While Hogarth's books are not quite as useful for learning basic anatomy as the previous recommendations, what Dynamic Figure Drawing does teach you is how to apply the knowledge you already have. Once you're comfortable with basic proportion and anatomy, Hogarth will help you loosen your figures and place them in fluid, dynamic poses.
These links cover the subject of perspective, the system artists use to accurately draw three-dimensional objects on a two dimensional surface.
Perspective Made Easy by Ernest R. Norling
Perspective Made Easy is just what it says on the tin; the book explains linear perspective in an easy to understand fashion. It covers both the very basics of perspective and some more advanced topics that artists commonly struggle with. It is written in clear, concise language, making it accessible to beginners and experienced artists alike.
Successful Drawing by Andrew Loomis
Successful Drawing by Andrew Loomis is a definitive and multifaceted guide to perspective. It is an invaluable resource for learning how to create linear perspective and draw correctly proportioned and shaded objects in 3D space. It covers some other topics, but it is largely notable for its information on perspective.
Light and Color
These links offer instruction on the behavior of light and color theory.
Light - A Detailed Tutorial by Richard Yot
This tutorial is a detailed yet understandable source of information on the subject of the behavior of light. It does not use complicated terminology and is easily accessible to beginners. It has some technical inaccuracies, but the core concepts it touches upon are solid and useful for anyone starting out in the area of light.
"Color Theory" Principles and Practices by fredflickstone
This ConceptArt thread is a useful source of information on the subject of color theory and the use of color in composition. It has information on mixing paints in traditional media, but most of the information is universally applicable and helpful to digital artists as well.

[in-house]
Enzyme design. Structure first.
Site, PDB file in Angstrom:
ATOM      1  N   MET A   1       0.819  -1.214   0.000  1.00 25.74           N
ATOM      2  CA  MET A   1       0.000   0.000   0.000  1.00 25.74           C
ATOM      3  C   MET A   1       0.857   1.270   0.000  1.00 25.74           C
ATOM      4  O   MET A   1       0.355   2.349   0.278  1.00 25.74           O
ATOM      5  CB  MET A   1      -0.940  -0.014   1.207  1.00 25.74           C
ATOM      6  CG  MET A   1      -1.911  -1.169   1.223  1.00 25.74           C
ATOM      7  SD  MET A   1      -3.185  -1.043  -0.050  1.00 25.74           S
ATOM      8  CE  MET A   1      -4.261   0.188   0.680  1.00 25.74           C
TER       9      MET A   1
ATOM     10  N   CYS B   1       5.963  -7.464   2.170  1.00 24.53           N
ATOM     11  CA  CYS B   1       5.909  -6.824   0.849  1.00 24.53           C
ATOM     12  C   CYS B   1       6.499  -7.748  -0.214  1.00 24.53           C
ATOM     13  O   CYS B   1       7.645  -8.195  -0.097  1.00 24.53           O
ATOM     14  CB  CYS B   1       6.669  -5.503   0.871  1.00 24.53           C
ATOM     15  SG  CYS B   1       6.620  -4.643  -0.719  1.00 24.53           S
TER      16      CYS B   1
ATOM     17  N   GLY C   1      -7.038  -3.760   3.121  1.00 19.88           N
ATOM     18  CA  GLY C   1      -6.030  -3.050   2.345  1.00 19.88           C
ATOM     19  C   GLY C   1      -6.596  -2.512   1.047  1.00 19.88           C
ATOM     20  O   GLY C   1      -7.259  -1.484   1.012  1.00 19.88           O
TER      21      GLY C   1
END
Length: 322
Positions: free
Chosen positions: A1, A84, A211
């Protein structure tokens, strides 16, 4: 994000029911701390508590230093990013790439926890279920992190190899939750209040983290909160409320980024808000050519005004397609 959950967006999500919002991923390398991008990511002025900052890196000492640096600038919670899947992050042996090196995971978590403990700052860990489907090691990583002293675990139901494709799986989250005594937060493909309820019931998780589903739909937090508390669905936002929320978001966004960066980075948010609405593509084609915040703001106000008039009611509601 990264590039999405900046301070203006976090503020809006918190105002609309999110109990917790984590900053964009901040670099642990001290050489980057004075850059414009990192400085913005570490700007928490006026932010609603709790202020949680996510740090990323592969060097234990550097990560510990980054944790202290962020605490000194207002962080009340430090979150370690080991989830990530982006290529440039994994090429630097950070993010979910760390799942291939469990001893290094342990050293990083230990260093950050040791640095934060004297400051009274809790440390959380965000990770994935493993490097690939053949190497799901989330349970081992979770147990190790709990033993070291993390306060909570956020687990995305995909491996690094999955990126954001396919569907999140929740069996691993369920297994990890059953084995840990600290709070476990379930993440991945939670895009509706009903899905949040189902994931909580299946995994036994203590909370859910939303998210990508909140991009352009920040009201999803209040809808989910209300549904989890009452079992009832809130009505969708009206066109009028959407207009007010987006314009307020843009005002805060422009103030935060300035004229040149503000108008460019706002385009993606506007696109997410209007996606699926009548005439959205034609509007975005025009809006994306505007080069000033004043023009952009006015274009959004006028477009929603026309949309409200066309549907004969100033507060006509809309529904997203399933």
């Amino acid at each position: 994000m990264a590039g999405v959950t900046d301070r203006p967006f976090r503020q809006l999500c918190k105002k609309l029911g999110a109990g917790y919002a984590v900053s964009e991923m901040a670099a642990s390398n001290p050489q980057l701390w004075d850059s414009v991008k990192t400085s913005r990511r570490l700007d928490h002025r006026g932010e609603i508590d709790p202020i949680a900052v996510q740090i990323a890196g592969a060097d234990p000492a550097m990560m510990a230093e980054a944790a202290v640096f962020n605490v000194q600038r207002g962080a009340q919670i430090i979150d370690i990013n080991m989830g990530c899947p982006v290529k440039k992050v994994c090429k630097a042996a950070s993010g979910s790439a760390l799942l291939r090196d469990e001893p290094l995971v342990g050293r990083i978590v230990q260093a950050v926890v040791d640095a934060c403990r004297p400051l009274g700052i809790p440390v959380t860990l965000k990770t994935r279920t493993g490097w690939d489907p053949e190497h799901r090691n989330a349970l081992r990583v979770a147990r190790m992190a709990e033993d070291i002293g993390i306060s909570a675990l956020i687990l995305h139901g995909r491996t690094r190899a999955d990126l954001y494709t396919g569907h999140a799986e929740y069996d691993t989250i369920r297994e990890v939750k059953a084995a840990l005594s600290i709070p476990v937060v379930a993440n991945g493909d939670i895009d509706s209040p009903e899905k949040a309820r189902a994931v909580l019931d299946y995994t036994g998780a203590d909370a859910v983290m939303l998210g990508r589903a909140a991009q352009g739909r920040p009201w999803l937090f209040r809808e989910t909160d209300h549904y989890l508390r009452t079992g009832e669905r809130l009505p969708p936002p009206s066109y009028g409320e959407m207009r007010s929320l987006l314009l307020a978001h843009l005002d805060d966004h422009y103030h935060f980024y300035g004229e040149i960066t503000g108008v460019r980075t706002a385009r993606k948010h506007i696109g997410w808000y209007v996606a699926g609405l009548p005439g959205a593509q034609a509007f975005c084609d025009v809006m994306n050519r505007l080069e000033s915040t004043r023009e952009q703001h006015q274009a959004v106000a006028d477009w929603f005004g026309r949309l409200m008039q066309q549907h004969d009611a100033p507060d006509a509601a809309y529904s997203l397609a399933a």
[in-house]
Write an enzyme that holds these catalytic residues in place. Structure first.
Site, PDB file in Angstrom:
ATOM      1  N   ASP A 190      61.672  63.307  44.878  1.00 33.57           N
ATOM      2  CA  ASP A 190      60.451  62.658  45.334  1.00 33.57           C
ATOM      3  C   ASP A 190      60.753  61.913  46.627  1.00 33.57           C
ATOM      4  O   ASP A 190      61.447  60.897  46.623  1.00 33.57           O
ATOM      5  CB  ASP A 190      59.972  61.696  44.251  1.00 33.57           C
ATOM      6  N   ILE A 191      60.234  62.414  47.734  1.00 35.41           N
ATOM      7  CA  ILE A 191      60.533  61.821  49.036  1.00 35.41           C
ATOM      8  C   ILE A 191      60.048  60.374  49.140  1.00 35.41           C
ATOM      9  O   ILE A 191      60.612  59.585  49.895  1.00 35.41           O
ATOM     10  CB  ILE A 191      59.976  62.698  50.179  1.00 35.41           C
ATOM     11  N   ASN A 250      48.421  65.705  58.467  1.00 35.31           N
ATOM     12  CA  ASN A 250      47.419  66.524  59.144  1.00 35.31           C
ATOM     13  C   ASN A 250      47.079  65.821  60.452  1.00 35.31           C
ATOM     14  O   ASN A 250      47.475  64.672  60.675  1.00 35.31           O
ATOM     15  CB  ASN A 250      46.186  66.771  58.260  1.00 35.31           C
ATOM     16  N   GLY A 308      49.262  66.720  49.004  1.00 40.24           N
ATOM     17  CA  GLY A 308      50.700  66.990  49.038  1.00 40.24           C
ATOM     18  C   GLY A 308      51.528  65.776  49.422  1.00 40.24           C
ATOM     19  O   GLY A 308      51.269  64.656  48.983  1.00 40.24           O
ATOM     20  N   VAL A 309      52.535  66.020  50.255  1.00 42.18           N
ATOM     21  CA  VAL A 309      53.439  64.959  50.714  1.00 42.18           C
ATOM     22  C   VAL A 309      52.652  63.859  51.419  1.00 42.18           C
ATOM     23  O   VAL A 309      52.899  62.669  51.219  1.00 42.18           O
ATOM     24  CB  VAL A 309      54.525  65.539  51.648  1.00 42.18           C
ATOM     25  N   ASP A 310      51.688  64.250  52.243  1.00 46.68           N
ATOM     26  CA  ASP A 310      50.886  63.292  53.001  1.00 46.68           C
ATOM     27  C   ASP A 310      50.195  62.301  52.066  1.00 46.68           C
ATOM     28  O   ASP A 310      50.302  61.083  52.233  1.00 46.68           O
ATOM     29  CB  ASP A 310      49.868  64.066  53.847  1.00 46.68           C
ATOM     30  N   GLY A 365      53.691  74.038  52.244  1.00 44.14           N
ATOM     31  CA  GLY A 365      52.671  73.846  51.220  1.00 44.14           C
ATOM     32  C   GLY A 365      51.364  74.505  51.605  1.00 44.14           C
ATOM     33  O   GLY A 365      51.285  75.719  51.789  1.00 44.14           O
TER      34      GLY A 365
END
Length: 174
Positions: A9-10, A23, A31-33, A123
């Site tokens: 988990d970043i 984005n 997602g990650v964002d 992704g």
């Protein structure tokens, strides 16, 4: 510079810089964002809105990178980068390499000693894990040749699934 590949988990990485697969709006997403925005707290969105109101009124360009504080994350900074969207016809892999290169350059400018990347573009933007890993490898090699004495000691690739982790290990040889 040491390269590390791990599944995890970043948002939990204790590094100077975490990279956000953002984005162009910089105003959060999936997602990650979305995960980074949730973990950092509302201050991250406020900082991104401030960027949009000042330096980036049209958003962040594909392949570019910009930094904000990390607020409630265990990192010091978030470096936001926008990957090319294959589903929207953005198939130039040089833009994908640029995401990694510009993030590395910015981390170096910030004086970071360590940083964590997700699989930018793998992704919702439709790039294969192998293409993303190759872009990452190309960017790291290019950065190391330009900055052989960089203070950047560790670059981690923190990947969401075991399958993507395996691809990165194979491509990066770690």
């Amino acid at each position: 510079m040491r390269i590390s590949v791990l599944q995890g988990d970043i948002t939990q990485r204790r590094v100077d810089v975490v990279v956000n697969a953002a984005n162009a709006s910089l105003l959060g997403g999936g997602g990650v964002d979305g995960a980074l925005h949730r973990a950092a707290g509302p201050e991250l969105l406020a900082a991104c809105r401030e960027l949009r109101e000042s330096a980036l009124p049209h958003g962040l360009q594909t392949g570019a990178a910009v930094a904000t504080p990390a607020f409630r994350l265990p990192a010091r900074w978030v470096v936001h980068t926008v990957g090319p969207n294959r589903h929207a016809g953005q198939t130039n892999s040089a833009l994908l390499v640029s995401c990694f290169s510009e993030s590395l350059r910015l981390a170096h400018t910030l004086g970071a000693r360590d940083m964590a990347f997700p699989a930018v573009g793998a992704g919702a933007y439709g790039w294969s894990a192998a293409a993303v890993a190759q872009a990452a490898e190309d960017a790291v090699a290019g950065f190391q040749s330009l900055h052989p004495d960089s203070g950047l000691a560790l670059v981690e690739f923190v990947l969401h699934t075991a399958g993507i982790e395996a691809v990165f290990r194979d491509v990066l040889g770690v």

The Dimensions of Color by David Briggs
This page is an expansive, technical look into the mechanics of light and color. It approaches light and color from a more scientific standpoint than most artists' writings, but in doing so, it corrects many of the misconceptions commonly disseminated by the more utilitarian literature on the subject (including some of the recommendations on this page). It can be daunting for an absolute beginner, but it's a valuable read for anyone looking for accurate information.
General tutorials and other resources that don't quite fall into the other categories can be found here.
Creative Illustration by Andrew Loomis
After Loomis's figure-based books, this is an exceptionally useful read for any artist wanting to know how to create a successful piece of illustration. It covers design, composition, value, colour theory and how to illustrate ideas by looking at character and environment. It ends with dated advice on using photographic reference and describing the art industry, but a keen reader will still be able to find helpful information here.
PSG's Art Tutorial by Niklas Jansson
This commonly circulated tutorial covers a range of topics from light to perspective, but it is particularly relevant for its coverage of rendering. While the author does not go terribly in depth into any of the topics, it's a useful resource for some tips and tricks that may help you achieve results more effectively.
If you don't have access to life drawing classes, Posemaniacs can be a suitable substitute for gesture drawing practice and a useful place to find pose ideas or loose reference. Its rotatable 3D hand models are also quite helpful.